and she wasn’t buying a stairway to heaven… but a host of broken guitars led her there!
it started of with a mother sending her to the land she dreads.. small gully’s.. zillions of people… a maze where you can get lost and never be found! (and those are the exact reasons she fell in luv with Mumbai and still does but she gets to choose the gully’s).. however this was Namma Bengaluru and five years of cushy living in koramangala and Indiranagar venturing away only to places you knew or someone credible told you to try and it was mostly a food quest.. this my friend was clothes! And she had been warned to not take her car (the idea of searching for an auto is scary enough!) and been myriadly warned about being very very careful!
From the word go the entire experience was set to defy public opinion and she found an auto in one go! Not just that.. the auto guy dropped her and Granpa to exactly where they wanted to go – at THAT VERY SHOP with directions of how to navigate through the Great Indian Bazaar (yes.. Turkey would probably fail here!) – service with a smile and a wish to not get lost! Super kicked about the GPS helping out navigation on the new phone as well! Thank Man for Technology!!
So there they were.. two lost souls swimming in a fish bowl… and felt very very different from the rest of Namma Bengaluru! The sheer helpfulness of people… the transportation into a world years behind yet in many ways so much more progressive… and the bachpan ki yaadein that came flooding back about holding your parents’ hand and running behind them to keep step in these markets as shop after shop unfolded wishes, wants and dreams!
So there we were at a silk store haplessly asking for mysore crepe… Luck be a lady who was on our side… the store guy insisted on showing them every kind of exotic material he had and was very disappointed when she spent just 10 grand! LOL! She promised him she would get her mom there for more soon! A beautiful peacock woven mysore crepe in white, another with paisley prints in a smoked pink and yet another in a bright purple with flowers all over! There were greens, golds, electric blues, rani colors… shades that would brighten up anyone’s day! Sitting there on the gaddas in the shop and being shown loom over loom of beautiful material she was reminded of how the story of how the sari was made.. “The Sari, it is said, was born on the loom of a fanciful weaver. He dreamt of Woman. The shimmer of her tears. The drape of her tumbling hair. The colors of her many moods. The softness of her touch. All these he wove together. He couldn’t stop. He wove for many yards. And when he was done, the story goes, he sat back and smiled and smiled and smiled….” The dreams of this weaver were certainly given color in this store where they sat mesmerized and spoilt for choice!
That said.. the task at hand had been achieved with many a phone calls to the mother about what she wanted! 🙂 And they next ventured on a hunt for a djembe! Sources had told them you will get them there if nowhere else! And thus began a walk through the streets of mystery and lore.. across temples and linen stores… across phool walas and pineapple sellers.. and they spotted their first broken guitar at the beginning of a gully that led them to a store with a broken sitar hanging at the entrance… magic started to weave as store after store after store had broken guitars hanging outside so that you could spot them from faraway and run to them like excited five year olds who had found a new playground full of slides and swings! Anything that could make music was there… the insides, the outsides, the skins, the wooden rolls that would be shaped into beautiful dholkis and congos… these places sold dreams… they even repaired dreams… broken harmoniums been chiseled away at.. old men sitting on the porch outside shops and playing a bright red congo, colors of fuchsia and electric blue… hues of rust and fading green…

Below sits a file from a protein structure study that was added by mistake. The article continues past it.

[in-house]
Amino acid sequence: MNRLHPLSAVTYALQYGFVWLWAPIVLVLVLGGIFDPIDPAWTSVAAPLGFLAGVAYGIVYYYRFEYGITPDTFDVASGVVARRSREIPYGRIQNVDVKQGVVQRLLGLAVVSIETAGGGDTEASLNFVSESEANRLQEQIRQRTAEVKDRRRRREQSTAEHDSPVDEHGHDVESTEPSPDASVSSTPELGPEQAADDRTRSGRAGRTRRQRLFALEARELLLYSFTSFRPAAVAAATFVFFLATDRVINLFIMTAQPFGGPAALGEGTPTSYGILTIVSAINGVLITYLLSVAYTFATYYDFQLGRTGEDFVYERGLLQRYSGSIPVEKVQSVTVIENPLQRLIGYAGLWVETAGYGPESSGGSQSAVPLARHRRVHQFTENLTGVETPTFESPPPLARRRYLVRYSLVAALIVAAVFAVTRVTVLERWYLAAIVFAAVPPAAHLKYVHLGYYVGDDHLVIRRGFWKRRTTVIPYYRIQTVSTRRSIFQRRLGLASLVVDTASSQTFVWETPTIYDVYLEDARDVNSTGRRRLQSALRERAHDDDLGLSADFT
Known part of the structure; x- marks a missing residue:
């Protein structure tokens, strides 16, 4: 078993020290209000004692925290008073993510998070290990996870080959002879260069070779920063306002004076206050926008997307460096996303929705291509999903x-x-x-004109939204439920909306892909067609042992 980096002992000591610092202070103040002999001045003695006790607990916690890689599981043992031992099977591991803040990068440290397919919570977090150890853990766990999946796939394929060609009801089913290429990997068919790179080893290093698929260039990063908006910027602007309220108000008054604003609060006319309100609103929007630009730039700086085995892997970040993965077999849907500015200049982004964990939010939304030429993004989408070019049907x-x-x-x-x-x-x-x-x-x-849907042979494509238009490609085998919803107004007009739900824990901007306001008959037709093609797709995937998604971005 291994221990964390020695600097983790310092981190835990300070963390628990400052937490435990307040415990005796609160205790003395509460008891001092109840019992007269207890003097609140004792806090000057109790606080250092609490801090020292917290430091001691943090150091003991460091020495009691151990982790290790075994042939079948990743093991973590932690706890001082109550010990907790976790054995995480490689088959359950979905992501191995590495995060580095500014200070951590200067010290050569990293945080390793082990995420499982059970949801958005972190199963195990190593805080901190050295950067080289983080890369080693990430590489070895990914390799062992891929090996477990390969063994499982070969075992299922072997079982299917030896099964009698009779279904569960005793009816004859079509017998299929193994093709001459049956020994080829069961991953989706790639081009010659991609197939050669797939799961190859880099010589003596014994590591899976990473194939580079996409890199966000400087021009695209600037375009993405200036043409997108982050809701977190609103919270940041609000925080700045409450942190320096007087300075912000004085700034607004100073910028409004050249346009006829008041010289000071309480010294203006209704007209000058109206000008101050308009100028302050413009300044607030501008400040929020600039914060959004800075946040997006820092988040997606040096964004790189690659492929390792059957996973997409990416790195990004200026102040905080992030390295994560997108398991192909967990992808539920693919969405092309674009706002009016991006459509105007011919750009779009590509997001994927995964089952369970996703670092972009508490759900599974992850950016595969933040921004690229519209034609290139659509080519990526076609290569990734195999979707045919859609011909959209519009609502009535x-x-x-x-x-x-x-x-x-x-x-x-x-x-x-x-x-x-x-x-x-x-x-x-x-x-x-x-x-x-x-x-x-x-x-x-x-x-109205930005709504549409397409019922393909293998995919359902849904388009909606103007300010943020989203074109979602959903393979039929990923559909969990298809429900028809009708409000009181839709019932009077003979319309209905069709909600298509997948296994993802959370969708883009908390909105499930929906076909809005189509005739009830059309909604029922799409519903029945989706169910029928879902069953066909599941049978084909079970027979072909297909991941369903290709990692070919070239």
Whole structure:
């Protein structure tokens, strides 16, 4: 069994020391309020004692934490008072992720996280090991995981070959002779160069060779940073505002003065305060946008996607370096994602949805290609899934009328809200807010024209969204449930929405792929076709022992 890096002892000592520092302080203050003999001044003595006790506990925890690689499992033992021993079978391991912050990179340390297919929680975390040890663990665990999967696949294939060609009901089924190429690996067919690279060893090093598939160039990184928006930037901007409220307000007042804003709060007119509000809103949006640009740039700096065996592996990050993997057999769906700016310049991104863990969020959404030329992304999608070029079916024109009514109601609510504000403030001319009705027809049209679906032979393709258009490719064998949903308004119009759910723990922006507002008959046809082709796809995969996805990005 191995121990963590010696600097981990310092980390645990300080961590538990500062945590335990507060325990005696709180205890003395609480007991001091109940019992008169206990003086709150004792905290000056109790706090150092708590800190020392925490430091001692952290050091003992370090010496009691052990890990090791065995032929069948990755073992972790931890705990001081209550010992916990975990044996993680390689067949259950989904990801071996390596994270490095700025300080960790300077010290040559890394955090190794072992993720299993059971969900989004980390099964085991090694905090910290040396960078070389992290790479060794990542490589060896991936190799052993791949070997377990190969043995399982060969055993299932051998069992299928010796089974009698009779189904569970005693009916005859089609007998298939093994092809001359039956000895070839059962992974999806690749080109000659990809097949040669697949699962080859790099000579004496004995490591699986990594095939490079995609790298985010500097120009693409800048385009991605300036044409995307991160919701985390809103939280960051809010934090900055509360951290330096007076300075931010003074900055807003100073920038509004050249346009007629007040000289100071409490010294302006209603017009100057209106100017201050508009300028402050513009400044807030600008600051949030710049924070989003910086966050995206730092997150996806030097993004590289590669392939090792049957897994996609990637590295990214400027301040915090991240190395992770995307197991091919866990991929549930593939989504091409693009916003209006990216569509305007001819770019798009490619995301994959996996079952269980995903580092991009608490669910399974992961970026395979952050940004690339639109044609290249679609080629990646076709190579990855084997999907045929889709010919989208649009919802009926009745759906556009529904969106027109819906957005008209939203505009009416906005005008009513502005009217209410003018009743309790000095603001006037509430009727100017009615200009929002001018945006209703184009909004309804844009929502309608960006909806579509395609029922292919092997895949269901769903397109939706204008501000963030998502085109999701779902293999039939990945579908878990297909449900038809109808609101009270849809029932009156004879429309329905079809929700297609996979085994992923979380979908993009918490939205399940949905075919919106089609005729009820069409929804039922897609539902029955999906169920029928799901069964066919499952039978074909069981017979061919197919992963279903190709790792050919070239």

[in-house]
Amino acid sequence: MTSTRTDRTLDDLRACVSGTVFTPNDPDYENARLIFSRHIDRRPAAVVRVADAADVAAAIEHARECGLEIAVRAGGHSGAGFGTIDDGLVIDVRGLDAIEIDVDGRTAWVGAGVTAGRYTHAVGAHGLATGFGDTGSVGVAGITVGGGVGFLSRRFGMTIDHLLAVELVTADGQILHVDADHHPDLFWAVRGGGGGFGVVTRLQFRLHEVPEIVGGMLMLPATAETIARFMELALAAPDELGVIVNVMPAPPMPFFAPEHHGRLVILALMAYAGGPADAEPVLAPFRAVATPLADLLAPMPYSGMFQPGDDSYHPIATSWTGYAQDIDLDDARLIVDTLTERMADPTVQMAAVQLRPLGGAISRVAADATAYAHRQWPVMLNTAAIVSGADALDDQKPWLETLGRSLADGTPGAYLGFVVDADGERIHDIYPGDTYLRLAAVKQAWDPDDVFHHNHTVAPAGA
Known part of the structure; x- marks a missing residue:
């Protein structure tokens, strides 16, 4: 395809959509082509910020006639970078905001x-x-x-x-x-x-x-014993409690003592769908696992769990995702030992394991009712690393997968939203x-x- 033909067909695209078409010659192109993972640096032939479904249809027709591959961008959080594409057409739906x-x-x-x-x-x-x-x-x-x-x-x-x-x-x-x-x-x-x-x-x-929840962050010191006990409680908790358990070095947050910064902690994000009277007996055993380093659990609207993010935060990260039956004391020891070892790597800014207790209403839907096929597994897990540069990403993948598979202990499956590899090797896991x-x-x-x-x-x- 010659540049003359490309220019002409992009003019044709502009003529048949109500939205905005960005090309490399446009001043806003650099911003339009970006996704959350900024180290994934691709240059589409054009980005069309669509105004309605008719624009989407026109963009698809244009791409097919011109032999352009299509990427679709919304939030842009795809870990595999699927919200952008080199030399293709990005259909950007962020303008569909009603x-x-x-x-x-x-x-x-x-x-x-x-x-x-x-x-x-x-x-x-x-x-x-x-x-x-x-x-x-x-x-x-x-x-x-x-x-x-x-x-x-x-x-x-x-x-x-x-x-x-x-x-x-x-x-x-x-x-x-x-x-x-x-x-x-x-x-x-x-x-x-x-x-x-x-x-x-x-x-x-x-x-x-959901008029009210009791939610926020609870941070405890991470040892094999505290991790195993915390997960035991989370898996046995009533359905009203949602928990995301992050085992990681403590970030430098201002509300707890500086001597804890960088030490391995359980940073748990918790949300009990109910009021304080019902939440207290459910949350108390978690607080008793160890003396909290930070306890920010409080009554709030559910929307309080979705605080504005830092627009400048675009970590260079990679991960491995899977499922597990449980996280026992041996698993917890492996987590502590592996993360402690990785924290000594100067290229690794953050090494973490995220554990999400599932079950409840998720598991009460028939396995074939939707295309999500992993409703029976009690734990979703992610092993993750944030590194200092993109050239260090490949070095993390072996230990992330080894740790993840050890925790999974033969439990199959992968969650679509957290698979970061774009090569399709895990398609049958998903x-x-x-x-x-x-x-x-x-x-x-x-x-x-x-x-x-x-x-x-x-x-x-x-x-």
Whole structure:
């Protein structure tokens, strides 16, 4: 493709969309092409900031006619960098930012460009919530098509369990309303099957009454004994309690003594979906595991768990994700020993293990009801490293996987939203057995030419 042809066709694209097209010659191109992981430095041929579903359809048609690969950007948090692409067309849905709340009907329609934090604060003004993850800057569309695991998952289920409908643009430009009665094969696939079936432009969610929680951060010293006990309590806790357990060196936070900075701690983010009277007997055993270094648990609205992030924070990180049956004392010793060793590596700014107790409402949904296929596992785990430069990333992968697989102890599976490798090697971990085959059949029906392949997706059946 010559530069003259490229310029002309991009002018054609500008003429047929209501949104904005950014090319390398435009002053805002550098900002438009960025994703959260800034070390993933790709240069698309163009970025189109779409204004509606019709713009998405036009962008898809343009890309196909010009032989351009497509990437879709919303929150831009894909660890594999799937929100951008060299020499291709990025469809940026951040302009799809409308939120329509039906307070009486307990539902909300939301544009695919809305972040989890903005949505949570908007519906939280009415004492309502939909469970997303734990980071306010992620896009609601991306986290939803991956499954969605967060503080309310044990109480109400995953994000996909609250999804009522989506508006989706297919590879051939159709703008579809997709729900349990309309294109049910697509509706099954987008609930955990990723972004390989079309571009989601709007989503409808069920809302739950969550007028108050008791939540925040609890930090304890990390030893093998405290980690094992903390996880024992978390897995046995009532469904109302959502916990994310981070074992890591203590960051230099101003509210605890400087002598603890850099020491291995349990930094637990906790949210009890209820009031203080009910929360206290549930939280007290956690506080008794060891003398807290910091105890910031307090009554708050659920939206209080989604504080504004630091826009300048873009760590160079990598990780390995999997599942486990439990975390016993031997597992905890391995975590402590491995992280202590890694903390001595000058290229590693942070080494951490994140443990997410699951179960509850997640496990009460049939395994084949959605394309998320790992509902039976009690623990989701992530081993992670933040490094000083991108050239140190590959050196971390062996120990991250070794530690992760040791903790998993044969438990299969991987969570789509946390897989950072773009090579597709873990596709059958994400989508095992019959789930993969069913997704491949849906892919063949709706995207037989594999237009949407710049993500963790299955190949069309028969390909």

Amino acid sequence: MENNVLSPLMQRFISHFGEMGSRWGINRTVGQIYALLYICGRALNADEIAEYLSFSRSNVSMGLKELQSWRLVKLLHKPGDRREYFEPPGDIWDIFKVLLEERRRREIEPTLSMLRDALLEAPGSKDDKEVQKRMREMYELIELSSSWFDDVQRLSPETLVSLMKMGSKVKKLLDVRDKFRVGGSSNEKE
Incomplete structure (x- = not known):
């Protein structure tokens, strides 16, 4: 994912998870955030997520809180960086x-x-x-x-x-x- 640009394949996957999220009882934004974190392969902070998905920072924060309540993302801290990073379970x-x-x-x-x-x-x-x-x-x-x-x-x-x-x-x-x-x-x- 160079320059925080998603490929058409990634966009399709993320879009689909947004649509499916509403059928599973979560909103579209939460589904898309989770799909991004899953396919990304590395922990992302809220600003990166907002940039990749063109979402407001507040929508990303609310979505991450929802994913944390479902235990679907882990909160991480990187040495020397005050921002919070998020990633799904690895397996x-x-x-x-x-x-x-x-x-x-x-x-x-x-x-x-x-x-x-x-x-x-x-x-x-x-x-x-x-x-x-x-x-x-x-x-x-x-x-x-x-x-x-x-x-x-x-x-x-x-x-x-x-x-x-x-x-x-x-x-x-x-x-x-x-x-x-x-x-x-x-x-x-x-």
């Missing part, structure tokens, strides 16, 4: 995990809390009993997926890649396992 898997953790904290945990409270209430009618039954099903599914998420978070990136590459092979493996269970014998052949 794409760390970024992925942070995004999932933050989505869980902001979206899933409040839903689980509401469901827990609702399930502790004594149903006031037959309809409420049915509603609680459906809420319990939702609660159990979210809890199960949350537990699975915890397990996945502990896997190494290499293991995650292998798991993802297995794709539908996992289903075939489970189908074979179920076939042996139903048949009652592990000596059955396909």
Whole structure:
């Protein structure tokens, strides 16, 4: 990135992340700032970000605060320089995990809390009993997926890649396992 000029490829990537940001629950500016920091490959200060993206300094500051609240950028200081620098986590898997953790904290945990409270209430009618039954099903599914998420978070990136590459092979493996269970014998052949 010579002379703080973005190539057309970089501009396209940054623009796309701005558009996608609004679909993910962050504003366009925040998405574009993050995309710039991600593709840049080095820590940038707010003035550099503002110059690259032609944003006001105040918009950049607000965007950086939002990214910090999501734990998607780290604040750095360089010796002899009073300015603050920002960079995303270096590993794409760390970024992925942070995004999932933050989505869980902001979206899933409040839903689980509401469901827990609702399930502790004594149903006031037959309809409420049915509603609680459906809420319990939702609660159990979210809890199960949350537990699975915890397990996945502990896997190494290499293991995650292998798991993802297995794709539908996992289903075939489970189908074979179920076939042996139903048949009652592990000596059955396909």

And then we found the broken guitar that led us to the djembe that stole our heart and instantly took a piece of souls and wrapped it in the hollows within so that every sound would be a reflection of us! A frantic google search to understand what to look for in djembe’s and we were self taught experts on the color of wood, skin treating, the number of loops, the rings and their slippage and the spirals in cut wood… and how all of this affects sound to be more bass or sharp! The store owner had an ancestral business in music and these instruments and they were made in house for the store.. he explained why making in bangalore was more expensive than making outside and getting it here.. he explained how tanning skin is better than other chemical processes… he explained how a pure white skin is not that good and why the natural skin is better on a djembe!
Broken guitar to heaven indeed! This interspersed with ganne ka juice along the way and it was a purrrfect day!
Home after this beautiful quest.. yellow light lamps… setting up her posters of Sri 420 and Sholay and Bob Marley playing in the background as they tried their hand at the djembe and sync’d the tambourine to it!
Neil Diamond’s Little Drummer Boy had indeed come to life as had his old guitar who gave him his lovely lady (draped in yards and yards of mysore silk 😉 )!